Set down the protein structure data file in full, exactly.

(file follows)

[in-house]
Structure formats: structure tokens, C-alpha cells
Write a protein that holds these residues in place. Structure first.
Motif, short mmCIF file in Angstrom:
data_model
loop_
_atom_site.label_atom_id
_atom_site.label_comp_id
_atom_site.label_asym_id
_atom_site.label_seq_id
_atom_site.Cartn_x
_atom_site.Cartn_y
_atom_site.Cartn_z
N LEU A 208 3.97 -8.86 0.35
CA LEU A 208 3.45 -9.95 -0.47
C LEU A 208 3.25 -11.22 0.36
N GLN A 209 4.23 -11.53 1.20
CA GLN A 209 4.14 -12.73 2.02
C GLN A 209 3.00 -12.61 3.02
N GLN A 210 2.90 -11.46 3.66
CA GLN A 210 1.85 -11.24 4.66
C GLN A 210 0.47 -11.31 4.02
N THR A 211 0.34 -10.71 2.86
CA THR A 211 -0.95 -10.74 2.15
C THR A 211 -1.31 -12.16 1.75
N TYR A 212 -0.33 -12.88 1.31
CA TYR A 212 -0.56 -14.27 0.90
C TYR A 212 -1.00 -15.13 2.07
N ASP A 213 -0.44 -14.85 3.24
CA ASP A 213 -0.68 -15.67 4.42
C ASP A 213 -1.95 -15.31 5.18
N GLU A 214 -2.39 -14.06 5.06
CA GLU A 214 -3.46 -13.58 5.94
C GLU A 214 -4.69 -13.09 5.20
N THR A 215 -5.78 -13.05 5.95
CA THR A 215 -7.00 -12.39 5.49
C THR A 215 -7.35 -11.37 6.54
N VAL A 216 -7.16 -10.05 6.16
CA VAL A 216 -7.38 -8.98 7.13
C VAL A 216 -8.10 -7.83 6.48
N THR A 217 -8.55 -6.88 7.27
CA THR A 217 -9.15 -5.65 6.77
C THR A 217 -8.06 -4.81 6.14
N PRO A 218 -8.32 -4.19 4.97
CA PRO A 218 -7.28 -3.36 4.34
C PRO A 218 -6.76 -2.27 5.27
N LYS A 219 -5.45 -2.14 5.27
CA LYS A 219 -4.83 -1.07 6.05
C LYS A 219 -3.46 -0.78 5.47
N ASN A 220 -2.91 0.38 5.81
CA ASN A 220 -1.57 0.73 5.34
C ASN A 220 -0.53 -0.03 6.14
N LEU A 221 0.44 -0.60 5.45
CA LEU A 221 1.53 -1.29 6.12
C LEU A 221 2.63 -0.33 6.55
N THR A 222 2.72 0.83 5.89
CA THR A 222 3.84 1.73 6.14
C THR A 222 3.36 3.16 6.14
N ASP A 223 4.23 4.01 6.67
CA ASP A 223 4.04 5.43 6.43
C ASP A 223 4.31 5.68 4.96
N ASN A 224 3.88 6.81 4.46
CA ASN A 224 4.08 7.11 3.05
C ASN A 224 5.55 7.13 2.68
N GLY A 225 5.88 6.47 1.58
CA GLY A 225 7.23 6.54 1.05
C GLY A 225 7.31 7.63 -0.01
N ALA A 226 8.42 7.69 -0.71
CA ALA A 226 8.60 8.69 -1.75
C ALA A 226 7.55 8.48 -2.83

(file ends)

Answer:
[in-house]
Structure formats: structure tokens, C-alpha cells
Write a protein that holds these residues in place. Structure first.
Motif, short mmCIF file in Angstrom:
data_model
loop_
_atom_site.label_atom_id
_atom_site.label_comp_id
_atom_site.label_asym_id
_atom_site.label_seq_id
_atom_site.Cartn_x
_atom_site.Cartn_y
_atom_site.Cartn_z
N LEU A 208 3.97 -8.86 0.35
CA LEU A 208 3.45 -9.95 -0.47
C LEU A 208 3.25 -11.22 0.36
N GLN A 209 4.23 -11.53 1.20
CA GLN A 209 4.14 -12.73 2.02
C GLN A 209 3.00 -12.61 3.02
N GLN A 210 2.90 -11.46 3.66
CA GLN A 210 1.85 -11.24 4.66
C GLN A 210 0.47 -11.31 4.02
N THR A 211 0.34 -10.71 2.86
CA THR A 211 -0.95 -10.74 2.15
C THR A 211 -1.31 -12.16 1.75
N TYR A 212 -0.33 -12.88 1.31
CA TYR A 212 -0.56 -14.27 0.90
C TYR A 212 -1.00 -15.13 2.07
N ASP A 213 -0.44 -14.85 3.24
CA ASP A 213 -0.68 -15.67 4.42
C ASP A 213 -1.95 -15.31 5.18
N GLU A 214 -2.39 -14.06 5.06
CA GLU A 214 -3.46 -13.58 5.94
C GLU A 214 -4.69 -13.09 5.20
N THR A 215 -5.78 -13.05 5.95
CA THR A 215 -7.00 -12.39 5.49
C THR A 215 -7.35 -11.37 6.54
N VAL A 216 -7.16 -10.05 6.16
CA VAL A 216 -7.38 -8.98 7.13
C VAL A 216 -8.10 -7.83 6.48
N THR A 217 -8.55 -6.88 7.27
CA THR A 217 -9.15 -5.65 6.77
C THR A 217 -8.06 -4.81 6.14
N PRO A 218 -8.32 -4.19 4.97
CA PRO A 218 -7.28 -3.36 4.34
C PRO A 218 -6.76 -2.27 5.27
N LYS A 219 -5.45 -2.14 5.27
CA LYS A 219 -4.83 -1.07 6.05
C LYS A 219 -3.46 -0.78 5.47
N ASN A 220 -2.91 0.38 5.81
CA ASN A 220 -1.57 0.73 5.34
C ASN A 220 -0.53 -0.03 6.14
N LEU A 221 0.44 -0.60 5.45
CA LEU A 221 1.53 -1.29 6.12
C LEU A 221 2.63 -0.33 6.55
N THR A 222 2.72 0.83 5.89
CA THR A 222 3.84 1.73 6.14
C THR A 222 3.36 3.16 6.14
N ASP A 223 4.23 4.01 6.67
CA ASP A 223 4.04 5.43 6.43
C ASP A 223 4.31 5.68 4.96
N ASN A 224 3.88 6.81 4.46
CA ASN A 224 4.08 7.11 3.05
C ASN A 224 5.55 7.13 2.68
N GLY A 225 5.88 6.47 1.58
CA GLY A 225 7.23 6.54 1.05
C GLY A 225 7.31 7.63 -0.01
N ALA A 226 8.42 7.69 -0.71
CA ALA A 226 8.60 8.69 -1.75
C ALA A 226 7.55 8.48 -2.83